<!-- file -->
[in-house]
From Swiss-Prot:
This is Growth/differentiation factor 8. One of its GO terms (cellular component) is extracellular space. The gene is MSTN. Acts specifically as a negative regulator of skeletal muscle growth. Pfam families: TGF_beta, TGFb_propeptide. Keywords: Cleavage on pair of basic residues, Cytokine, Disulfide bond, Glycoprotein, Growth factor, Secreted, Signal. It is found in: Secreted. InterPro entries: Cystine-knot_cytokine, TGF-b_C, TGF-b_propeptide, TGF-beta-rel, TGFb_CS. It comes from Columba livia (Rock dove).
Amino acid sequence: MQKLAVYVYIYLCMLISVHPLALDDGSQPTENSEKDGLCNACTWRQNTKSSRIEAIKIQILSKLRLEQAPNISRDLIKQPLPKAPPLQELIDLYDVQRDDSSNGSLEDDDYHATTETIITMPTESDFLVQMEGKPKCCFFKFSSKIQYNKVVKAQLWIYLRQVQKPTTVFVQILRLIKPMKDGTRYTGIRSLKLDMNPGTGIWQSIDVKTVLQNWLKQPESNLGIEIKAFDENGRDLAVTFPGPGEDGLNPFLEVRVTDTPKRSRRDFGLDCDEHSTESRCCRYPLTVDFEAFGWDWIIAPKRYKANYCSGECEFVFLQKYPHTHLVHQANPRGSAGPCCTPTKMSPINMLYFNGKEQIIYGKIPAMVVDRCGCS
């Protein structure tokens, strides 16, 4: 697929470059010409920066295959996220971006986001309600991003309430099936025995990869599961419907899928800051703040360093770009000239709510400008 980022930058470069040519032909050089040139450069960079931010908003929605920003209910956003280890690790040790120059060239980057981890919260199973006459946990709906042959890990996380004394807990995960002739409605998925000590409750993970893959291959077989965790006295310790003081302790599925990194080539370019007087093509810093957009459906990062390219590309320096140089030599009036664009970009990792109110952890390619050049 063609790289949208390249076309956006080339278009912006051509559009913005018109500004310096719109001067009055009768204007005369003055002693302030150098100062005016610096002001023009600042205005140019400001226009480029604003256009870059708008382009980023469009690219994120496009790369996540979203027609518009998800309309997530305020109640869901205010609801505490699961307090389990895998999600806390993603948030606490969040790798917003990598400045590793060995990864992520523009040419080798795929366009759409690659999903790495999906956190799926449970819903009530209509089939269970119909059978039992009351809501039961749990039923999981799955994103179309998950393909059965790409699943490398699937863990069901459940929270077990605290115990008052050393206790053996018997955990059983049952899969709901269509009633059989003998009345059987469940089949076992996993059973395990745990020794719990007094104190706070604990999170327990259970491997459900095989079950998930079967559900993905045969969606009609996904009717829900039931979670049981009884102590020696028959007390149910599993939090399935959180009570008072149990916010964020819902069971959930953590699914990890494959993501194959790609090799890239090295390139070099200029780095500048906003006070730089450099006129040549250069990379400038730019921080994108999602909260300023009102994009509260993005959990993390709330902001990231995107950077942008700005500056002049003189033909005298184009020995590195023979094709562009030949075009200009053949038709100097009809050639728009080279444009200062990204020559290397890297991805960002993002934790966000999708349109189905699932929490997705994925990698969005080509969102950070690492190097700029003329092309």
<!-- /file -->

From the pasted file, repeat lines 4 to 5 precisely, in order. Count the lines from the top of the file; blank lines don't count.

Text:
Amino acid sequence: MQKLAVYVYIYLCMLISVHPLALDDGSQPTENSEKDGLCNACTWRQNTKSSRIEAIKIQILSKLRLEQAPNISRDLIKQPLPKAPPLQELIDLYDVQRDDSSNGSLEDDDYHATTETIITMPTESDFLVQMEGKPKCCFFKFSSKIQYNKVVKAQLWIYLRQVQKPTTVFVQILRLIKPMKDGTRYTGIRSLKLDMNPGTGIWQSIDVKTVLQNWLKQPESNLGIEIKAFDENGRDLAVTFPGPGEDGLNPFLEVRVTDTPKRSRRDFGLDCDEHSTESRCCRYPLTVDFEAFGWDWIIAPKRYKANYCSGECEFVFLQKYPHTHLVHQANPRGSAGPCCTPTKMSPINMLYFNGKEQIIYGKIPAMVVDRCGCS
């Protein structure tokens, strides 16, 4: 697929470059010409920066295959996220971006986001309600991003309430099936025995990869599961419907899928800051703040360093770009000239709510400008 980022930058470069040519032909050089040139450069960079931010908003929605920003209910956003280890690790040790120059060239980057981890919260199973006459946990709906042959890990996380004394807990995960002739409605998925000590409750993970893959291959077989965790006295310790003081302790599925990194080539370019007087093509810093957009459906990062390219590309320096140089030599009036664009970009990792109110952890390619050049 063609790289949208390249076309956006080339278009912006051509559009913005018109500004310096719109001067009055009768204007005369003055002693302030150098100062005016610096002001023009600042205005140019400001226009480029604003256009870059708008382009980023469009690219994120496009790369996540979203027609518009998800309309997530305020109640869901205010609801505490699961307090389990895998999600806390993603948030606490969040790798917003990598400045590793060995990864992520523009040419080798795929366009759409690659999903790495999906956190799926449970819903009530209509089939269970119909059978039992009351809501039961749990039923999981799955994103179309998950393909059965790409699943490398699937863990069901459940929270077990605290115990008052050393206790053996018997955990059983049952899969709901269509009633059989003998009345059987469940089949076992996993059973395990745990020794719990007094104190706070604990999170327990259970491997459900095989079950998930079967559900993905045969969606009609996904009717829900039931979670049981009884102590020696028959007390149910599993939090399935959180009570008072149990916010964020819902069971959930953590699914990890494959993501194959790609090799890239090295390139070099200029780095500048906003006070730089450099006129040549250069990379400038730019921080994108999602909260300023009102994009509260993005959990993390709330902001990231995107950077942008700005500056002049003189033909005298184009020995590195023979094709562009030949075009200009053949038709100097009809050639728009080279444009200062990204020559290397890297991805960002993002934790966000999708349109189905699932929490997705994925990698969005080509969102950070690492190097700029003329092309």